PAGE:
Fig. 2. Effect of initial pH on the adsorption of Cr(III) by PAm-g-RWF and ungrafted fibre. Concentration, 5 mg/L; Temperature, 30°C; Adsorbent dose, 0.1 g/25 mL; Contact time, 2h

Effect of Contact Time and Initial Cr(III) Concentration

A series of contact time experiments for adsorption of Cr(III) were carried out at different concentrations. The obtained results concerning the influence of time on the rate of Cr(III) uptake at various concentrations 5, 15, 25 mg/L, at 30 C are shown in Fig. 3. It was found that the adsorption capacity of Cr(III) on the adsorbent increased and achieved a constant value at the time about 2 h. As contact time increased, metal uptakes increased initially and then became almost constant. The first phase is related to external surface adsorption of chromium, which occurs instantaneously. The second phase is the gradual adsorption stage before the chromium uptake reaches equilibrium. The rapid metal uptakes were certainly related to the availability of active sites on adsorbent surfaces (Bhattacharrya and Gupta 2006).

Fig. 3. Effect of various initial concentrations on adsorption of Cr(III) by PAm-g- RWF: Temperature, 30 °C; pH, 5.0; Adsorbent dosage, 0.1 g/25 mL.

It is clear from Fig 3 that the adsorption of Cr(III) increased from 1.14 to 3.62 mg/g with an increase in initial concentration from 5 to 25 mg/L. This is attributed to the fact that the driving force, which depends on the concentration gradient, increases with the increasing initial Cr(III) concentration (Noeline et al. 2005).

Adsorption Kinetic Studies

Adsorption kinetics describes the relationship of solute uptake rate of the adsorption and the adsorption time. The results obtained for adsorption of Cr(III) onto PAm-g-RWF at different concentration and contact time were analyzed by using the first-order Lagergren equation and the pseudo-second-order rate equation, which are shown below as equations (1) and (2), respectively (Wua et al. 2009; Ho and McKay 2000).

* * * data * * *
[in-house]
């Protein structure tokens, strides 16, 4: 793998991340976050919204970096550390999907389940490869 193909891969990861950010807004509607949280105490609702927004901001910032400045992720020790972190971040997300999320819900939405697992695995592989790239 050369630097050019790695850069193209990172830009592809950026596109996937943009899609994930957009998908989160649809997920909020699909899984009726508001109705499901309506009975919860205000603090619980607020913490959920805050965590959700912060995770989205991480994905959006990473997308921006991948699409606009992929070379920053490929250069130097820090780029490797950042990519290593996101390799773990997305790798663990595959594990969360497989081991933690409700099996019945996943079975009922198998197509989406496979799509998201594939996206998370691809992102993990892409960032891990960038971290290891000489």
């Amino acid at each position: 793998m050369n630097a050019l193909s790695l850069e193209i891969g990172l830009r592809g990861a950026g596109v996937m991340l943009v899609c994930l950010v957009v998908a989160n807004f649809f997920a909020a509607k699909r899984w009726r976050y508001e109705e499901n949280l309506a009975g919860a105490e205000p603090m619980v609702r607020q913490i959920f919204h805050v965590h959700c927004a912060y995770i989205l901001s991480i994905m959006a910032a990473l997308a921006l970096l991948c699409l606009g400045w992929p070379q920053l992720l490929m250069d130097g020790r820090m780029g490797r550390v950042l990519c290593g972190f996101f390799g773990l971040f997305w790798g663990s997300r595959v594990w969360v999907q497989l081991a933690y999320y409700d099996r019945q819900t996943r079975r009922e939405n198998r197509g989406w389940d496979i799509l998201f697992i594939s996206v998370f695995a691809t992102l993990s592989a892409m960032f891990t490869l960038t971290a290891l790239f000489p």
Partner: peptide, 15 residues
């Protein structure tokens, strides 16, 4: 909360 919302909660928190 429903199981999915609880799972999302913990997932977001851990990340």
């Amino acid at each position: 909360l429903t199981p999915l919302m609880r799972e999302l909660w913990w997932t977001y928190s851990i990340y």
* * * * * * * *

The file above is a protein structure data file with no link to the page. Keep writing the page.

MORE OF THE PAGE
In these equations qe and qt are the amounts of metal ion adsorbed (mg/g) at equilibrium and at time t, respectively. The parameter k1 (min-1) is the rate constant of the pseudo-first-order adsorption process, and k2 (g·mg-1·min-1) is the rate constant of the pseudo-second-order adsorption process. Kinetic parameters of these models for different concentrations were calculated from the slope and intercepts of the linear plots of ln(qe − qt ) versus and qt versus t (not shown), and are given in Table 1. These parameters at different temperature were also calculated and are given in Table 1. Table 1 shows that the values of the coefficient of determination R2 for the pseudo-second-order model were above 0.998 at different concentrations and different temperatures, so this model provided the best agreement with the experimental data for the adsorption of Cr(III) ion. In addition, the calculated qe values from the pseudo-second-order kinetic model were much closer to the experimental values of qe than that of the pseudo-first-order model. So the pseudo-second-order kinetic model fits the experimental data for adsorption of Cr(III) by PAm-g-RWF better than the pseudo-first-order model in this study.